Near the entrance, there are a few campsites with picnic tables and because the road into the campground is off the beaten path, I doubt there would be much traffic to bother anyone. Just past these sites are hitching posts and more campsites around a large, open area that I assume would be for horse trailers and campers (note there are no hookups here). Around the perimeter are more picnic tables, fire rings and a scattering of horse pens set in the woods. Very quaint! There was even a three stall covered horse stable (three sided). The campground also had a pit toilet and water pump for horses and people. Even if I didn't have a horse (and I don't), this would be a lovely place to drop a tent for the night. There were even horse trails to explore. Even though I didn't stay the night here, it was a great little find in the middle of the woods!
Cost for this spot was $16/night on the honor system at a drop box near the entrance.
As a Ranger for The Dyrt, I occasionally have the opportunity to test amazing products from incredible companies and this time, I had the pleasure of trying out Mountain House Beef Stew, but on top of the product testing, I had a culinary challenge! I was asked to create a new dish from this freeze dried meal, and my tastebuds were rewarded!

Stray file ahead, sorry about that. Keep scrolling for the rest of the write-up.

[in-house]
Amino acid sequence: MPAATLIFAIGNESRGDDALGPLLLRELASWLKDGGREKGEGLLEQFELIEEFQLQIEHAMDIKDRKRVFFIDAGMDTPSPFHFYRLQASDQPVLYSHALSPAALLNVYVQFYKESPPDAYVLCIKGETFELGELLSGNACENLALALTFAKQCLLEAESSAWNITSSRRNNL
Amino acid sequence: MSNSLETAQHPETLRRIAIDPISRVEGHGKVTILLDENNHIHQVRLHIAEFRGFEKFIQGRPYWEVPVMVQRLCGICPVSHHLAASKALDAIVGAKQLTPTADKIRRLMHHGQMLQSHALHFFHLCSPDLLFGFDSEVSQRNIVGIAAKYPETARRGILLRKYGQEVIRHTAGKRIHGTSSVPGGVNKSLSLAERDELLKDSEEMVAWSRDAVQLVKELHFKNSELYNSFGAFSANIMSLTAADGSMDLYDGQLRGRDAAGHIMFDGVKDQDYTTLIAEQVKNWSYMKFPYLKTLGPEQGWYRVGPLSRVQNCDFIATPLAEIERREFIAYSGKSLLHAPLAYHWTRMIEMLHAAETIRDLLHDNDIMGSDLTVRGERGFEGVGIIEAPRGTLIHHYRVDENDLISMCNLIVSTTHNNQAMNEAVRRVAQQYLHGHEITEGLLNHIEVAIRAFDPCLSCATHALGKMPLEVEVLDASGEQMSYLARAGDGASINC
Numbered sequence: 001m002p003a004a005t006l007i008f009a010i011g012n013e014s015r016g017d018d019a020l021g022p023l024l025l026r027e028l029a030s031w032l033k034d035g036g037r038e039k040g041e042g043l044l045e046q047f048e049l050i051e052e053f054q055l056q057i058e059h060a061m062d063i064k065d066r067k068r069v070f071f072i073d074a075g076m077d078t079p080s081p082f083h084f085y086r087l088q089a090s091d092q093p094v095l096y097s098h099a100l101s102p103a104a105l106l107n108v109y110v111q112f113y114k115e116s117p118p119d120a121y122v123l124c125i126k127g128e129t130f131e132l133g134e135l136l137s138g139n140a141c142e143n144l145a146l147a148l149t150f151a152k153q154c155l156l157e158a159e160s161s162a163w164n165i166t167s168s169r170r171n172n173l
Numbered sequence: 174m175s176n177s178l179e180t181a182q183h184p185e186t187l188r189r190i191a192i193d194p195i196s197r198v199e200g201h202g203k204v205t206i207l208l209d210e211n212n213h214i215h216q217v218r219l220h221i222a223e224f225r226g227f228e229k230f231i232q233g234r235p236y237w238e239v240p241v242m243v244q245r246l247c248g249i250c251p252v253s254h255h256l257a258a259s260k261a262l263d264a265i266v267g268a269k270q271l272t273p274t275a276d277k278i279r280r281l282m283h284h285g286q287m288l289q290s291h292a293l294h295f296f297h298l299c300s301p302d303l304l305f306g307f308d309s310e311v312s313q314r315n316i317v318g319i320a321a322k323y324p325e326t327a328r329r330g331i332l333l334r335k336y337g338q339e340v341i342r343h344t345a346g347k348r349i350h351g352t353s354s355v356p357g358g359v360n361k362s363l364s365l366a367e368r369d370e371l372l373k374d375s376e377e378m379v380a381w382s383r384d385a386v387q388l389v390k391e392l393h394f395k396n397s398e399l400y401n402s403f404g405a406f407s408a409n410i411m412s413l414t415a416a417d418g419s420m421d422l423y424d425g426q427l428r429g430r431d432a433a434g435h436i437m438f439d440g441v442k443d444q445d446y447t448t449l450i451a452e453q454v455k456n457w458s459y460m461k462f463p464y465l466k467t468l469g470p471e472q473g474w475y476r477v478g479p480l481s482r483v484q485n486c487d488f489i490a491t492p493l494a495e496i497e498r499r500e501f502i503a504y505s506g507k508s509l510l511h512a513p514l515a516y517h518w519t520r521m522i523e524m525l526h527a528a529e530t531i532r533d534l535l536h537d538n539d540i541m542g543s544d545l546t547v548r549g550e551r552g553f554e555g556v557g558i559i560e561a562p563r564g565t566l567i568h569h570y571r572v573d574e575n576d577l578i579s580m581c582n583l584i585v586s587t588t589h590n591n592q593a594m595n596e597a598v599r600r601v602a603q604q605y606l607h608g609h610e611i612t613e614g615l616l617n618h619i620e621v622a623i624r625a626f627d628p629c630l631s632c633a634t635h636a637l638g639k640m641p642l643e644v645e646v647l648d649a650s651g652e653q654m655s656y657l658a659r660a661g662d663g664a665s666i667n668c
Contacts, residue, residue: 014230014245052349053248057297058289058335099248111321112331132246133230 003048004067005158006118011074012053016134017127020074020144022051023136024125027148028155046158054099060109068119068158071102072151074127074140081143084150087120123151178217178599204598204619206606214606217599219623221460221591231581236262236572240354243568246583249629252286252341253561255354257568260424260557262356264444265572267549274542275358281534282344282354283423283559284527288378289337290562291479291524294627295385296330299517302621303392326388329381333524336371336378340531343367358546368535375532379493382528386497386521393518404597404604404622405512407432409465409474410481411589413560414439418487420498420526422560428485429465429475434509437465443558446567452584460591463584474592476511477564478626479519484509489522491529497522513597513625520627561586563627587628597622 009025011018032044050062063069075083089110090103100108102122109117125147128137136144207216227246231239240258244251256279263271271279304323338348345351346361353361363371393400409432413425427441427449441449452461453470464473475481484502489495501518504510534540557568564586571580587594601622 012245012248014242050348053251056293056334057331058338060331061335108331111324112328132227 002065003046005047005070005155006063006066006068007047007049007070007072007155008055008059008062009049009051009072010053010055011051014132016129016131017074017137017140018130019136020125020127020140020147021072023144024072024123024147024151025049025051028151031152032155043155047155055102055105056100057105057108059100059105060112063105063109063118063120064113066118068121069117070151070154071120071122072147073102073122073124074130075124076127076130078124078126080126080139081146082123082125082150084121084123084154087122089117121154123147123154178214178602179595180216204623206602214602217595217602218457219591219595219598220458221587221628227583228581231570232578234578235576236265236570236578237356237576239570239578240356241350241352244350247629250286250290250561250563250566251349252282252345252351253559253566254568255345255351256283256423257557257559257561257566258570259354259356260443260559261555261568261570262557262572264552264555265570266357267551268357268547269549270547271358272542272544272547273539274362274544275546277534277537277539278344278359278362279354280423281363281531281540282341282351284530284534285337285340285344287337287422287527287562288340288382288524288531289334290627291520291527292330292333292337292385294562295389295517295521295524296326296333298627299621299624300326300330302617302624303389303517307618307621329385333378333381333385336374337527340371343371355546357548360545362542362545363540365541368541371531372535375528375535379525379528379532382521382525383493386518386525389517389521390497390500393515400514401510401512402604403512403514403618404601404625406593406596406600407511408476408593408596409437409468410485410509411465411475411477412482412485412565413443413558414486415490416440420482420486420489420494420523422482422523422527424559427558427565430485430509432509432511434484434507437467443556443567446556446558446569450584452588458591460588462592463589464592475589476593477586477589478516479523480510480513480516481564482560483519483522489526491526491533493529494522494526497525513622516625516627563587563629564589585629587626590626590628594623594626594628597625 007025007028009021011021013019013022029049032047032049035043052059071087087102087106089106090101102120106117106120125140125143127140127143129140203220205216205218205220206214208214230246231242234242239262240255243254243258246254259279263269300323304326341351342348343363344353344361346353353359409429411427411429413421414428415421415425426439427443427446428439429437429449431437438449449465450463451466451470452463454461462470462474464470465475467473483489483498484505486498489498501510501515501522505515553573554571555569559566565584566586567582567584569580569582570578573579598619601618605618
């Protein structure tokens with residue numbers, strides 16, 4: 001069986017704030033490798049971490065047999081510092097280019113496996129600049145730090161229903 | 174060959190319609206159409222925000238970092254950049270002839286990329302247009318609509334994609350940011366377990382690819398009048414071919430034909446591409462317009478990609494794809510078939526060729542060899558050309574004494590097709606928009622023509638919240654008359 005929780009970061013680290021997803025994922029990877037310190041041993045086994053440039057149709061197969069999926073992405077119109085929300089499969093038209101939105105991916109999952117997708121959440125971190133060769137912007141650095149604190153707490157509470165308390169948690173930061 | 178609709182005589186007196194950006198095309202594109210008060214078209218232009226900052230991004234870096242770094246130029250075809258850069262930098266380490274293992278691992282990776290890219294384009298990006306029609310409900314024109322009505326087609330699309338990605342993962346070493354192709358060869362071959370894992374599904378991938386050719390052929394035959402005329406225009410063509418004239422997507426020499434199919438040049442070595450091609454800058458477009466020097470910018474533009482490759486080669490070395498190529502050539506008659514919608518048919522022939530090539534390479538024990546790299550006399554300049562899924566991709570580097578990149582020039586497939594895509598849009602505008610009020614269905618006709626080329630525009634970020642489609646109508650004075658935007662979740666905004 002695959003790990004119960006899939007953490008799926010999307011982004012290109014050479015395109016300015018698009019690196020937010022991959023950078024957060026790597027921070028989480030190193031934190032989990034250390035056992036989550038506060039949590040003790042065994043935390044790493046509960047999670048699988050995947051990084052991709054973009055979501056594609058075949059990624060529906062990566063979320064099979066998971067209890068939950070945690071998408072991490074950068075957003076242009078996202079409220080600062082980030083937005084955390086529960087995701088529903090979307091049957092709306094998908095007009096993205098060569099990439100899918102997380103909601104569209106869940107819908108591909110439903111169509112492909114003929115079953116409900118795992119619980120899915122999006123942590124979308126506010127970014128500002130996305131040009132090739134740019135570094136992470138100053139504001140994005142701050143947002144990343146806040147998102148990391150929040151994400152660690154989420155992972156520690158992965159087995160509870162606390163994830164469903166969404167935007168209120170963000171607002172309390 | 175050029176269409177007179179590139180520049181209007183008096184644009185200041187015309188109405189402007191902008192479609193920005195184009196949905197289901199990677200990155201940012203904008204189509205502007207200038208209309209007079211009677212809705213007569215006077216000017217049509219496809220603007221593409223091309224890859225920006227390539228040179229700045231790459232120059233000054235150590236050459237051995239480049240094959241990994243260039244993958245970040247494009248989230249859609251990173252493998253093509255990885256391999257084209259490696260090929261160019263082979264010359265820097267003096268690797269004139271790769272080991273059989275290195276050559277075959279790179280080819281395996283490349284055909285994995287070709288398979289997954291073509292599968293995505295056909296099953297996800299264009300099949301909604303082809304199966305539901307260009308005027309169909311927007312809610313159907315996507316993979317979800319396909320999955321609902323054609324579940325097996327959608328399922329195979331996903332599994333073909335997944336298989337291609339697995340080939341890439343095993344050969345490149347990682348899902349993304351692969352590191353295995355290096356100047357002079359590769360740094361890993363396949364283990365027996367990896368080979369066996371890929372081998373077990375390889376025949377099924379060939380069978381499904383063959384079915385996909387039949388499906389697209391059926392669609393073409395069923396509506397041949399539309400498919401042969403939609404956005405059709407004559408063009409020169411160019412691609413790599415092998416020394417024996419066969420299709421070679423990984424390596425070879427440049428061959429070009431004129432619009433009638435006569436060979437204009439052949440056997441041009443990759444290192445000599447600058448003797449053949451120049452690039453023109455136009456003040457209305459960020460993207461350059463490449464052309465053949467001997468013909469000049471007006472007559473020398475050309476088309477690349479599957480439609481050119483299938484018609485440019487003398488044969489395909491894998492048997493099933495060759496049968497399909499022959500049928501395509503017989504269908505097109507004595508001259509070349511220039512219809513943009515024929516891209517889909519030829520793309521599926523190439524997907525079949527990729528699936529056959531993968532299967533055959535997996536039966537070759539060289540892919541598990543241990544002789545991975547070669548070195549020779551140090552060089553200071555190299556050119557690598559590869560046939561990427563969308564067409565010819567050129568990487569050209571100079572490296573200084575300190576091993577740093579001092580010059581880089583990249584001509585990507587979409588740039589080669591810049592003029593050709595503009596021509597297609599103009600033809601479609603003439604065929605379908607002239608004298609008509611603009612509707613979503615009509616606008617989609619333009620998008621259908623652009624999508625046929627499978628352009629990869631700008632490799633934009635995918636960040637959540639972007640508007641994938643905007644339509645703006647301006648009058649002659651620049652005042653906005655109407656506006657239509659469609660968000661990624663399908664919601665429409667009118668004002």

This beef stew is a medley of tummy pleasing comfort foods wrapped into a meal that's perfect for a blustery day. Beef, potatoes, carrots and peas with a gentle sprinkle of spices. Seriously yummy by itself as long as you have enough patience to give it the time it needs to absorb the hot water. These meals are fully cooked, but since they are freeze dried, they take time to re-hydrate, so add the water, zip up the special bag that allows you to "cook in the bag" and walk away. Set up your tent. Hang your hammock. Go to the bathroom. Just wait…and stir…and wait. And then YUM! Absolutely worth having a little patience.
But then there's more…
I turned mine into East Indian Couscous Stew.